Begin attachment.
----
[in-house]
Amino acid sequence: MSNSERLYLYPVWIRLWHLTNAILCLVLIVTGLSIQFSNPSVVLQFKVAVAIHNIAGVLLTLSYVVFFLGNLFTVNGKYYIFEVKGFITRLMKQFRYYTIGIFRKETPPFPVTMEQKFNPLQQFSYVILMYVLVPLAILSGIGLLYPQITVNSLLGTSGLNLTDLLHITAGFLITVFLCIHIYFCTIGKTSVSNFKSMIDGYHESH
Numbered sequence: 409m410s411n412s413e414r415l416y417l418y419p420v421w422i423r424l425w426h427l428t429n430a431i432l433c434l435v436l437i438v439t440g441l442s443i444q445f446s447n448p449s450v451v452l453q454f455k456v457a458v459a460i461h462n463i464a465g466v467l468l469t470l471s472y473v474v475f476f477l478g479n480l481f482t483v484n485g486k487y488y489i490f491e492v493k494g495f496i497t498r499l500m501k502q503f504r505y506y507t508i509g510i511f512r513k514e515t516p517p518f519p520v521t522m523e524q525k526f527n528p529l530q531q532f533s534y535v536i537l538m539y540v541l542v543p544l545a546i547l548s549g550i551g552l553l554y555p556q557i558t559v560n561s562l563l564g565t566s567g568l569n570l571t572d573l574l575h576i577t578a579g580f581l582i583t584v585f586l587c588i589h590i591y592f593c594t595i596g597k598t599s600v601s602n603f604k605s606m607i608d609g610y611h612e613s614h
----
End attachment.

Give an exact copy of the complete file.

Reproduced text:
[in-house]
Amino acid sequence: MSNSERLYLYPVWIRLWHLTNAILCLVLIVTGLSIQFSNPSVVLQFKVAVAIHNIAGVLLTLSYVVFFLGNLFTVNGKYYIFEVKGFITRLMKQFRYYTIGIFRKETPPFPVTMEQKFNPLQQFSYVILMYVLVPLAILSGIGLLYPQITVNSLLGTSGLNLTDLLHITAGFLITVFLCIHIYFCTIGKTSVSNFKSMIDGYHESH
Numbered sequence: 409m410s411n412s413e414r415l416y417l418y419p420v421w422i423r424l425w426h427l428t429n430a431i432l433c434l435v436l437i438v439t440g441l442s443i444q445f446s447n448p449s450v451v452l453q454f455k456v457a458v459a460i461h462n463i464a465g466v467l468l469t470l471s472y473v474v475f476f477l478g479n480l481f482t483v484n485g486k487y488y489i490f491e492v493k494g495f496i497t498r499l500m501k502q503f504r505y506y507t508i509g510i511f512r513k514e515t516p517p518f519p520v521t522m523e524q525k526f527n528p529l530q531q532f533s534y535v536i537l538m539y540v541l542v543p544l545a546i547l548s549g550i551g552l553l554y555p556q557i558t559v560n561s562l563l564g565t566s567g568l569n570l571t572d573l574l575h576i577t578a579g580f581l582i583t584v585f586l587c588i589h590i591y592f593c594t595i596g597k598t599s600v601s602n603f604k605s606m607i608d609g610y611h612e613s614h